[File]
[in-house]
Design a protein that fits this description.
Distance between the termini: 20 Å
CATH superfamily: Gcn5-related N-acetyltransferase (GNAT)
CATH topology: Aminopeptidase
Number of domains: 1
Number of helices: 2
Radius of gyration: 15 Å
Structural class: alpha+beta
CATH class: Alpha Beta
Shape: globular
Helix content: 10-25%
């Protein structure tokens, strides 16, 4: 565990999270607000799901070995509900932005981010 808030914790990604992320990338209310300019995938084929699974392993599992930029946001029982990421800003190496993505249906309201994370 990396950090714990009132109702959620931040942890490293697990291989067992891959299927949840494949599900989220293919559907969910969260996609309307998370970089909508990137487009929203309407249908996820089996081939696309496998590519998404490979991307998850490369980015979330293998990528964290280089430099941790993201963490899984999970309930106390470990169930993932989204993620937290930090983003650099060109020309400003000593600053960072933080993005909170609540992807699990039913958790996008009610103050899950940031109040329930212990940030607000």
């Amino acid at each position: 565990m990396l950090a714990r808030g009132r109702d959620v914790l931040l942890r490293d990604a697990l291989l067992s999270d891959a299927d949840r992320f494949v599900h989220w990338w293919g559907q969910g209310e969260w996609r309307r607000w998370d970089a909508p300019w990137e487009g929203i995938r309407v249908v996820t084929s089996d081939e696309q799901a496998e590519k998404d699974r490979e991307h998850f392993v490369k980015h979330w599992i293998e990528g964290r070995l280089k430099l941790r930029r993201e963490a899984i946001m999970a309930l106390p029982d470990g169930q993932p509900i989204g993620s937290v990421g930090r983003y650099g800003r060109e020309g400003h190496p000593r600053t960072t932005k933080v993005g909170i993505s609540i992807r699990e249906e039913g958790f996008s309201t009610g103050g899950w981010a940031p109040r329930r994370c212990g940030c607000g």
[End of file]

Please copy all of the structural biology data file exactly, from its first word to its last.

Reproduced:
[in-house]
Design a protein that fits this description.
Distance between the termini: 20 Å
CATH superfamily: Gcn5-related N-acetyltransferase (GNAT)
CATH topology: Aminopeptidase
Number of domains: 1
Number of helices: 2
Radius of gyration: 15 Å
Structural class: alpha+beta
CATH class: Alpha Beta
Shape: globular
Helix content: 10-25%
């Protein structure tokens, strides 16, 4: 565990999270607000799901070995509900932005981010 808030914790990604992320990338209310300019995938084929699974392993599992930029946001029982990421800003190496993505249906309201994370 990396950090714990009132109702959620931040942890490293697990291989067992891959299927949840494949599900989220293919559907969910969260996609309307998370970089909508990137487009929203309407249908996820089996081939696309496998590519998404490979991307998850490369980015979330293998990528964290280089430099941790993201963490899984999970309930106390470990169930993932989204993620937290930090983003650099060109020309400003000593600053960072933080993005909170609540992807699990039913958790996008009610103050899950940031109040329930212990940030607000």
């Amino acid at each position: 565990m990396l950090a714990r808030g009132r109702d959620v914790l931040l942890r490293d990604a697990l291989l067992s999270d891959a299927d949840r992320f494949v599900h989220w990338w293919g559907q969910g209310e969260w996609r309307r607000w998370d970089a909508p300019w990137e487009g929203i995938r309407v249908v996820t084929s089996d081939e696309q799901a496998e590519k998404d699974r490979e991307h998850f392993v490369k980015h979330w599992i293998e990528g964290r070995l280089k430099l941790r930029r993201e963490a899984i946001m999970a309930l106390p029982d470990g169930q993932p509900i989204g993620s937290v990421g930090r983003y650099g800003r060109e020309g400003h190496p000593r600053t960072t932005k933080v993005g909170i993505s609540i992807r699990e249906e039913g958790f996008s309201t009610g103050g899950w981010a940031p109040r329930r994370c212990g940030c607000g």